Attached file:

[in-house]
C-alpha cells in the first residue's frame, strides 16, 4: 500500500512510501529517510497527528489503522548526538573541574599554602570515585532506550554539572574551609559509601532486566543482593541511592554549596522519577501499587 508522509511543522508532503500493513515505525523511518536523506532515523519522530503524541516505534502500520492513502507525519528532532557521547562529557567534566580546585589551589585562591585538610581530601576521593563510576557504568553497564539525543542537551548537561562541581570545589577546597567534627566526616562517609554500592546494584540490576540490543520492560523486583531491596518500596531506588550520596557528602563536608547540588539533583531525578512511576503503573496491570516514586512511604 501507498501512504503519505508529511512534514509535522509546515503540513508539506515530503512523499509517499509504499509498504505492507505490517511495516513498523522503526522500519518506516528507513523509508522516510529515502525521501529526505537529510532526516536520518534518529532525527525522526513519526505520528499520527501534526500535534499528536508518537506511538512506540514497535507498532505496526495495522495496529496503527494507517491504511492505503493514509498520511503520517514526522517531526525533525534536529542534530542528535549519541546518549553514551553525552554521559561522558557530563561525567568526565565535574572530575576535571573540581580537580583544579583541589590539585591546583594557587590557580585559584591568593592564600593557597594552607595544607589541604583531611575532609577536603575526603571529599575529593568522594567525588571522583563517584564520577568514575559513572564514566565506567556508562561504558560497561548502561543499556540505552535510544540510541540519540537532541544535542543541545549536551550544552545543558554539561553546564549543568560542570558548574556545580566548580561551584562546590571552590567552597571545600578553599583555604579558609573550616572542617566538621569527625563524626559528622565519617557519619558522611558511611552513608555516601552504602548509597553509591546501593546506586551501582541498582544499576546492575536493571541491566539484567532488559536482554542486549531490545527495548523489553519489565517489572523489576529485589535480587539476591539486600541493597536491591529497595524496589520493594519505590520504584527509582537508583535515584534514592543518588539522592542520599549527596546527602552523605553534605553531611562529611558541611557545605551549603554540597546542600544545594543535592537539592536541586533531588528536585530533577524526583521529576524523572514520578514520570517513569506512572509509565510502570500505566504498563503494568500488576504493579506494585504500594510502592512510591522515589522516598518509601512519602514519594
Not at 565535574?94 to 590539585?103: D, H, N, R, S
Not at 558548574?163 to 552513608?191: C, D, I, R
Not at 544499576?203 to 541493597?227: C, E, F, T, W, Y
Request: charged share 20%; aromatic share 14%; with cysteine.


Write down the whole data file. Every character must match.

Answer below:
[in-house]
C-alpha cells in the first residue's frame, strides 16, 4: 500500500512510501529517510497527528489503522548526538573541574599554602570515585532506550554539572574551609559509601532486566543482593541511592554549596522519577501499587 508522509511543522508532503500493513515505525523511518536523506532515523519522530503524541516505534502500520492513502507525519528532532557521547562529557567534566580546585589551589585562591585538610581530601576521593563510576557504568553497564539525543542537551548537561562541581570545589577546597567534627566526616562517609554500592546494584540490576540490543520492560523486583531491596518500596531506588550520596557528602563536608547540588539533583531525578512511576503503573496491570516514586512511604 501507498501512504503519505508529511512534514509535522509546515503540513508539506515530503512523499509517499509504499509498504505492507505490517511495516513498523522503526522500519518506516528507513523509508522516510529515502525521501529526505537529510532526516536520518534518529532525527525522526513519526505520528499520527501534526500535534499528536508518537506511538512506540514497535507498532505496526495495522495496529496503527494507517491504511492505503493514509498520511503520517514526522517531526525533525534536529542534530542528535549519541546518549553514551553525552554521559561522558557530563561525567568526565565535574572530575576535571573540581580537580583544579583541589590539585591546583594557587590557580585559584591568593592564600593557597594552607595544607589541604583531611575532609577536603575526603571529599575529593568522594567525588571522583563517584564520577568514575559513572564514566565506567556508562561504558560497561548502561543499556540505552535510544540510541540519540537532541544535542543541545549536551550544552545543558554539561553546564549543568560542570558548574556545580566548580561551584562546590571552590567552597571545600578553599583555604579558609573550616572542617566538621569527625563524626559528622565519617557519619558522611558511611552513608555516601552504602548509597553509591546501593546506586551501582541498582544499576546492575536493571541491566539484567532488559536482554542486549531490545527495548523489553519489565517489572523489576529485589535480587539476591539486600541493597536491591529497595524496589520493594519505590520504584527509582537508583535515584534514592543518588539522592542520599549527596546527602552523605553534605553531611562529611558541611557545605551549603554540597546542600544545594543535592537539592536541586533531588528536585530533577524526583521529576524523572514520578514520570517513569506512572509509565510502570500505566504498563503494568500488576504493579506494585504500594510502592512510591522515589522516598518509601512519602514519594
Not at 565535574?94 to 590539585?103: D, H, N, R, S
Not at 558548574?163 to 552513608?191: C, D, I, R
Not at 544499576?203 to 541493597?227: C, E, F, T, W, Y
Request: charged share 20%; aromatic share 14%; with cysteine.